... To target consumers appropriately, the design, production, and marketing work need to be aligned. However, it can be difficult to coordinate these processes, since they are typically handled by different organisational units, which are often not particularly well integrated (Beverland 2005;Kristensen and Grønhaug 2007;Lindahl and Nordin 2010). ...
A central task for the design management function is to coordinate the design efforts with other business functions, and often the success of new products depends on how well this is done. This design coordination is, in particular, relevant to the production and marketing functions. However, the literature that focuses on the role of the design function in relation to production, marketing, and consumption processes typically deals with this as separate issues, while the links between these areas involve a certain lack of clarity. To address this issue, this article develops a framework that connects product design to processes related to the production and consumption of products and their communication. The framework provides a means for understanding the reasons for consumer product failures caused by a lack of design coordination. This is demonstrated through sixteen empirical examples of product failures, taken from two ends of the consumer-product spectrum, namely fashion and consumer electronics. In this manner, the framework may serve as a checklist for design managers in design projects. For future research, the framework provides a link between different research areas to facilitate a clearer understanding of the role of design management.
... Yet, these design-focused studies, while meaningful, have not addressed the cultural context in which the products are situated. Thus, there is a need for research that integrates and illuminates the relationships among products, design and consumption (Kristensen & Grønhaug, 2007) in socio-cultural context. ...
We explore the link between product design and market legitimation by examining the evolution of a product market that has been shrouded by cultural taboo. Conducting media analysis and selected visual audits of sex toys over a recent 25-year period, we find that innovations in the design of these products – materials, form and function – can facilitate evolution of a mainstream market. Producers can facilitate legitimation by introducing innovative designs that significantly contradict existing cultural meanings associated with the category. Furthermore, when the aesthetic and functional aspects of a new product design are aligned with cultural norms, we find that mainstream media reframe the products in ways that signal social acceptance.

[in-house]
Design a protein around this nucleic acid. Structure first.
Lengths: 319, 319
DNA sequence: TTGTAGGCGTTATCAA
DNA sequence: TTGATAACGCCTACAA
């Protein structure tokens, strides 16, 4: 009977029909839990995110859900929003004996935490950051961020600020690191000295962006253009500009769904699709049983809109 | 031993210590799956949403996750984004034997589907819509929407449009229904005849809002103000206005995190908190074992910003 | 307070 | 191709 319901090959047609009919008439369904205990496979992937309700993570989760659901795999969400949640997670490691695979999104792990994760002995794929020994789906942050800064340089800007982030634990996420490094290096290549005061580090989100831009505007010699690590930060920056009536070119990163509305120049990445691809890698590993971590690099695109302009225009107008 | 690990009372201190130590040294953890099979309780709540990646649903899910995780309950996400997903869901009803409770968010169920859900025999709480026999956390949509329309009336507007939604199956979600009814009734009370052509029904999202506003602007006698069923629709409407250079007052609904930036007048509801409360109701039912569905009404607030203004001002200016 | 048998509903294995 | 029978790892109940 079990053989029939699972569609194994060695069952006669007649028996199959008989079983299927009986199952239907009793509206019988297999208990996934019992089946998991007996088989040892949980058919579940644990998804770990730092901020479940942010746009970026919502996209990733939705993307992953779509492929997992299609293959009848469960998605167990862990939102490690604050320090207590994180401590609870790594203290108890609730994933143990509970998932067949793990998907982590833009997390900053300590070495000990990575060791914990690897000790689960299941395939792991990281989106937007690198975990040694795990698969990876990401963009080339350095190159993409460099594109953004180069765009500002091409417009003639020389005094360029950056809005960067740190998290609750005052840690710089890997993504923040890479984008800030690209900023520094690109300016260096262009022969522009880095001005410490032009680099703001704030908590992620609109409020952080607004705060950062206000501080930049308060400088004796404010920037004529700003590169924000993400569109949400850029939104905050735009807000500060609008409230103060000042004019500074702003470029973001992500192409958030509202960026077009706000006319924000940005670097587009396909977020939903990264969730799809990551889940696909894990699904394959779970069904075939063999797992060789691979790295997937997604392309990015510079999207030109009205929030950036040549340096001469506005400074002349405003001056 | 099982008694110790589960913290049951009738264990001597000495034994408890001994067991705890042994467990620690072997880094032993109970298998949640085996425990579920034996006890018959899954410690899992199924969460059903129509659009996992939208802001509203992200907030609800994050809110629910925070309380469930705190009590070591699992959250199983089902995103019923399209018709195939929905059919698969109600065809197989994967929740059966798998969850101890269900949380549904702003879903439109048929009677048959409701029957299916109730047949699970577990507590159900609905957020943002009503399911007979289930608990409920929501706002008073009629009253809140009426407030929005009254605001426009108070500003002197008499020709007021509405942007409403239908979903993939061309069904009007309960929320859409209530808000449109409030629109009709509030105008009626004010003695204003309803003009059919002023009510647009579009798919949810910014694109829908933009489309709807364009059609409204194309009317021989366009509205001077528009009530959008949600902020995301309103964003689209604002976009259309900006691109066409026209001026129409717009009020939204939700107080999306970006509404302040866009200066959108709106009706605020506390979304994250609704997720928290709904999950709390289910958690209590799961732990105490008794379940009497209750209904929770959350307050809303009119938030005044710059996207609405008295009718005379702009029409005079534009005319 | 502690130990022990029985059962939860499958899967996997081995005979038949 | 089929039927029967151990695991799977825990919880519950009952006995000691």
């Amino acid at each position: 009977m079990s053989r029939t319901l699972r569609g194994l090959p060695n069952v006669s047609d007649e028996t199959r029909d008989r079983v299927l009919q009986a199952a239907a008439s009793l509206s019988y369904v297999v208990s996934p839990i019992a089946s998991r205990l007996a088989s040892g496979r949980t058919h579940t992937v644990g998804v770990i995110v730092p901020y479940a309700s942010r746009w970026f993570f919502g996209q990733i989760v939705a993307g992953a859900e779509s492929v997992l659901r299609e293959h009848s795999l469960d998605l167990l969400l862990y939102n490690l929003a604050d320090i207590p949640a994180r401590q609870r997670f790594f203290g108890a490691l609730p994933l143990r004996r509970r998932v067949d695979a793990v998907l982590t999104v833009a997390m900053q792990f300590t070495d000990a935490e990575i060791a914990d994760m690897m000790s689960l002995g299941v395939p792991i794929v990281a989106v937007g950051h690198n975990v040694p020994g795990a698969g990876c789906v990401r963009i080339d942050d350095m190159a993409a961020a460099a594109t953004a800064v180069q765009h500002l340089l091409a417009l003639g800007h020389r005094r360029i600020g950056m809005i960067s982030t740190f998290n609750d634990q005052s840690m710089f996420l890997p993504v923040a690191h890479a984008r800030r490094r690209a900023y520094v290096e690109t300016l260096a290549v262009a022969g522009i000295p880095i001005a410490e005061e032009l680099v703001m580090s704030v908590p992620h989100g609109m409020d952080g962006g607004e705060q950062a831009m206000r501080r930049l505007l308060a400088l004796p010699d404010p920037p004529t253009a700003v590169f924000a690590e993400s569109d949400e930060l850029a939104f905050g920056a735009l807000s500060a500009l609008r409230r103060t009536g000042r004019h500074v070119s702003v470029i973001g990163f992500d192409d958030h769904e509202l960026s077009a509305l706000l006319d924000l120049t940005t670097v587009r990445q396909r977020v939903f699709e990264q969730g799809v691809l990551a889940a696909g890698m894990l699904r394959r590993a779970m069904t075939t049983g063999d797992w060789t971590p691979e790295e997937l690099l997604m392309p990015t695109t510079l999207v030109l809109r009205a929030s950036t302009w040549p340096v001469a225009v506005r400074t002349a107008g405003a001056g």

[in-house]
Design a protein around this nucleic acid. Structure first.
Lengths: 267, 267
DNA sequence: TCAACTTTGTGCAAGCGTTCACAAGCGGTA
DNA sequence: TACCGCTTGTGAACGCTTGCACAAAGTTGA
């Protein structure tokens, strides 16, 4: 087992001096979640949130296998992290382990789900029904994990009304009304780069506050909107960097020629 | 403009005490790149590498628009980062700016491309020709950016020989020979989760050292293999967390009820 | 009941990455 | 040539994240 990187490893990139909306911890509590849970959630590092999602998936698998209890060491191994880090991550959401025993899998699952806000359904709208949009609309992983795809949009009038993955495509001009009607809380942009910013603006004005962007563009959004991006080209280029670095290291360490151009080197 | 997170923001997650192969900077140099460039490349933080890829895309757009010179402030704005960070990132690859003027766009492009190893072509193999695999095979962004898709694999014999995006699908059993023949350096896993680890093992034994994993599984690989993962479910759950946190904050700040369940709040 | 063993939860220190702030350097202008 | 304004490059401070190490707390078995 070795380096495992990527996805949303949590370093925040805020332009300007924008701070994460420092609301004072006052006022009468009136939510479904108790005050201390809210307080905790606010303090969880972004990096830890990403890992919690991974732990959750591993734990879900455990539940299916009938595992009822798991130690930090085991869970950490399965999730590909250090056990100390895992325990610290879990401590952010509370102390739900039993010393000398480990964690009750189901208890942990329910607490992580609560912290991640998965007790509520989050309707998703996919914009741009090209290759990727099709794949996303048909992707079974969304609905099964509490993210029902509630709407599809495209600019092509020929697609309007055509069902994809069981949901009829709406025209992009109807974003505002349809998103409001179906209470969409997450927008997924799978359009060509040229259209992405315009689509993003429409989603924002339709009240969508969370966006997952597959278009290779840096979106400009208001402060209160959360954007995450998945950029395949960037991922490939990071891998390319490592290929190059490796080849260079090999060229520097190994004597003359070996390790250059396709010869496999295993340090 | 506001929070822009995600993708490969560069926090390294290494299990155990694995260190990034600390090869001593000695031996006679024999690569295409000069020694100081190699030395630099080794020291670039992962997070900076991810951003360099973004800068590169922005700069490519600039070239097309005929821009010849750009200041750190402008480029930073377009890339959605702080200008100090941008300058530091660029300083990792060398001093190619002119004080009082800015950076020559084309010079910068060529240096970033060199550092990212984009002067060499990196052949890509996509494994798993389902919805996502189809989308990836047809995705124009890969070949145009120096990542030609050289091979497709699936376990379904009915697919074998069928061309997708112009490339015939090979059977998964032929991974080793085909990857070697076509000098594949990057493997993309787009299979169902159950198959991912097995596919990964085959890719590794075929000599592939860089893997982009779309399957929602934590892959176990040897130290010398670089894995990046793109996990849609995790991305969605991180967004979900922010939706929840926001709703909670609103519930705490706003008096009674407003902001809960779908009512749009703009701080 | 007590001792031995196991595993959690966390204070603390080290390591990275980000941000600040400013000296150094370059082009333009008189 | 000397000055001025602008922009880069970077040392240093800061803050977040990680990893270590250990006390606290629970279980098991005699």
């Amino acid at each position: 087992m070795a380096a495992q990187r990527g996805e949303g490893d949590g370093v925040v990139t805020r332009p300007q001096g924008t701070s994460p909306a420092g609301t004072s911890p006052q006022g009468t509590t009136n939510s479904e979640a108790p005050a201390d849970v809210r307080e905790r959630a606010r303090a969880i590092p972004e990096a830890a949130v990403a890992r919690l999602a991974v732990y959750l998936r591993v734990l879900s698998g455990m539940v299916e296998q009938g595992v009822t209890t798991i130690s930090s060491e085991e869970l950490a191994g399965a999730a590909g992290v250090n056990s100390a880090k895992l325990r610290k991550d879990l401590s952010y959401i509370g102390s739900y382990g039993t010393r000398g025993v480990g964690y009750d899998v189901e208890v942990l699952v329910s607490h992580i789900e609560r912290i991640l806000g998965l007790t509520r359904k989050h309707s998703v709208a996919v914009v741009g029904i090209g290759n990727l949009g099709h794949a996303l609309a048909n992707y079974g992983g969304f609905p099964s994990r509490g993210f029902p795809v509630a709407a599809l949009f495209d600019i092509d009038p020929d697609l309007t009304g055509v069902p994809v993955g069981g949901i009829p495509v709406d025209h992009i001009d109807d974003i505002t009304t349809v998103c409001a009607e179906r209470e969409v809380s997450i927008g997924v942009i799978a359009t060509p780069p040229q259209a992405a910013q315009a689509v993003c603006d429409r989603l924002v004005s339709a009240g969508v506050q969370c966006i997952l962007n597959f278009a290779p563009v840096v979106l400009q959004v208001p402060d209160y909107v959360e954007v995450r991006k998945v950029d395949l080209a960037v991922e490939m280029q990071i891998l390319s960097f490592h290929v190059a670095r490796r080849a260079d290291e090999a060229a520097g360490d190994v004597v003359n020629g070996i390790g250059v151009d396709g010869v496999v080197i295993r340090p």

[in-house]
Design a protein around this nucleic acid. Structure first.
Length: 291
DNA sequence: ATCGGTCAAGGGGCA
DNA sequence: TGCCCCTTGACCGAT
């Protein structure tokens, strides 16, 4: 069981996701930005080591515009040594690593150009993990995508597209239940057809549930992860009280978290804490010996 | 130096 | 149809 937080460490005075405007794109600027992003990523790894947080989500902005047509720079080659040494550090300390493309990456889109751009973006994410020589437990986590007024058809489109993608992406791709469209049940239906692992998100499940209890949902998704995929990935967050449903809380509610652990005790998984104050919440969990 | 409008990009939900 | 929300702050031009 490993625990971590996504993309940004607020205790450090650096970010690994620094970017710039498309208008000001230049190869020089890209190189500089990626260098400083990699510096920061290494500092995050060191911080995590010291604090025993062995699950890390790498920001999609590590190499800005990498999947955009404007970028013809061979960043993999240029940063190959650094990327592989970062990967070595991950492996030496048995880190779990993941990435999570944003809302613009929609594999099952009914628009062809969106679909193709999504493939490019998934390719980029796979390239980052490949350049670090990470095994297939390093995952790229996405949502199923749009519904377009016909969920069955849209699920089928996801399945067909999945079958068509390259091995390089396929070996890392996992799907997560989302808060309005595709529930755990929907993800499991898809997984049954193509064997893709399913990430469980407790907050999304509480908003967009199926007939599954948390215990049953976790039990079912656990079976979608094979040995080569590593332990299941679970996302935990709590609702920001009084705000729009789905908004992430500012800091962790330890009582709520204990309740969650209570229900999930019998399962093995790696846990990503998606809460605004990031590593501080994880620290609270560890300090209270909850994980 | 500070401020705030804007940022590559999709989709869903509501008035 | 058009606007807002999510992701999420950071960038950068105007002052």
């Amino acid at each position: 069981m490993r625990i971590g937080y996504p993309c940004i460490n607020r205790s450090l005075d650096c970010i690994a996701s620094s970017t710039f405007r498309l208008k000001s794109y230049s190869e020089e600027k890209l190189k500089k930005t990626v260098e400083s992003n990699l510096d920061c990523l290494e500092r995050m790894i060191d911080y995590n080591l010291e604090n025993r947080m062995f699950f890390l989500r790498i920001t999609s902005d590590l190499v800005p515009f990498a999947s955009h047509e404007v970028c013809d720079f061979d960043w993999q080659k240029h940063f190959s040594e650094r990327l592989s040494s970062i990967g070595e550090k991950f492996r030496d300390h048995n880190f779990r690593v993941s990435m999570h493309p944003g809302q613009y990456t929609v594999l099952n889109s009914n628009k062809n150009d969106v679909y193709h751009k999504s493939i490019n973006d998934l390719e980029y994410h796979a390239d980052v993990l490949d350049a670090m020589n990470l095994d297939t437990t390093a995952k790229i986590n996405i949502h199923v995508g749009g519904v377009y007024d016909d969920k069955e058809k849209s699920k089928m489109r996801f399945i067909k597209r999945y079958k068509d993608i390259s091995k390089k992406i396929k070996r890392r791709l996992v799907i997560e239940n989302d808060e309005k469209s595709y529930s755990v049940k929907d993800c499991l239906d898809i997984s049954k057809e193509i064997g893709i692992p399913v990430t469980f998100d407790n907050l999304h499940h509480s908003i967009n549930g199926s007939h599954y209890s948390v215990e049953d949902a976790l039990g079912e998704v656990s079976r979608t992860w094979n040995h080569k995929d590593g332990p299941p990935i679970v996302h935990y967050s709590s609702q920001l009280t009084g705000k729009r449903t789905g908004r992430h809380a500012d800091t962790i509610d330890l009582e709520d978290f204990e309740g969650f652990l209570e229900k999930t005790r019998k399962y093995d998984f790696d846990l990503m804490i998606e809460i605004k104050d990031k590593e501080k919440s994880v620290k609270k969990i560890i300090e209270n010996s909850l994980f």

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Az elmúlt bő másfél évtized során a globális turizmust ért katasztrófák és a jövőben is fenyegető kockázatok jelentős változásokat idéztek elő a turisták utazással kapcsolatos észleléseiben. A fenyegetettségek a turisztikai desztinációs szervezetek marketingtevékenységében új stratégiai lépéseket kényszerített ki, hiszen a turisztikai célterületek imázsában negatív változás következett be. A desztináció imázs sérülése a turistaérkezésekben és turisztikai bevételekben drasztikus visszaesést eredményezhet, így a turizmusbiztonság és a desztináció marketing kapcsolódási pontjait feltáró kutatási terület nem csak tudományos oldalról kiaknázatlan terület, hanem a stratégiai döntéshozók számára is iránymutatásul szolgál. A katasztrófa sújtotta desztinációk imázsában történő „törés” és a válságból vezető kiút a 2010-es tunéziai felkelések és néhány évvel később következő terrortámadások, valamint a 2011-es japán földrengés és atomerőmű katasztrófa esettanulmány elemzésén keresztül kerül szemléltetésre.
This research considers the meal experience literature and explores consumer´s motivations in the dark-dining setting. The notions of discussion relate to experience economy and consumptionscape theories highlighting that sensory-cues in the meal experience constrain each other. The sense of touch, although scientifically explored, is yet being further explored in the dark-dining meal experience and reflects dominance in the dark-dining meal experience. Conclusively, despite the effects of the meal experience in a light restaurant, customers re-discover their senses in a dark restaurant. In conclusion, it remains questionable whether repeat business will occur due to post-experienced, preserved and prolonged perceptions.
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While it has frequently been stated that decisions on marketing activities should be made cross-functionally, there is no empirical evidence that shows benefits of performing marketing activities in this way. This paper examines the link between the cross-functional dispersion of influence on marketing activities and performance at the SBU level and considers dynamism of the market, which may moderate the strength of this relationship. Using data from a cross-national study in three industry sectors, the authors find that cross-functional dispersion of influence on marketing activities increases the performance of the SBU. They also find that the relationship between the cross-functional dispersion of influence on marketing activities is negatively influenced by dynamism of the market. This research thus provides empirical evidence for the positive performance implications of cross-functional interaction in the context of marketing activities.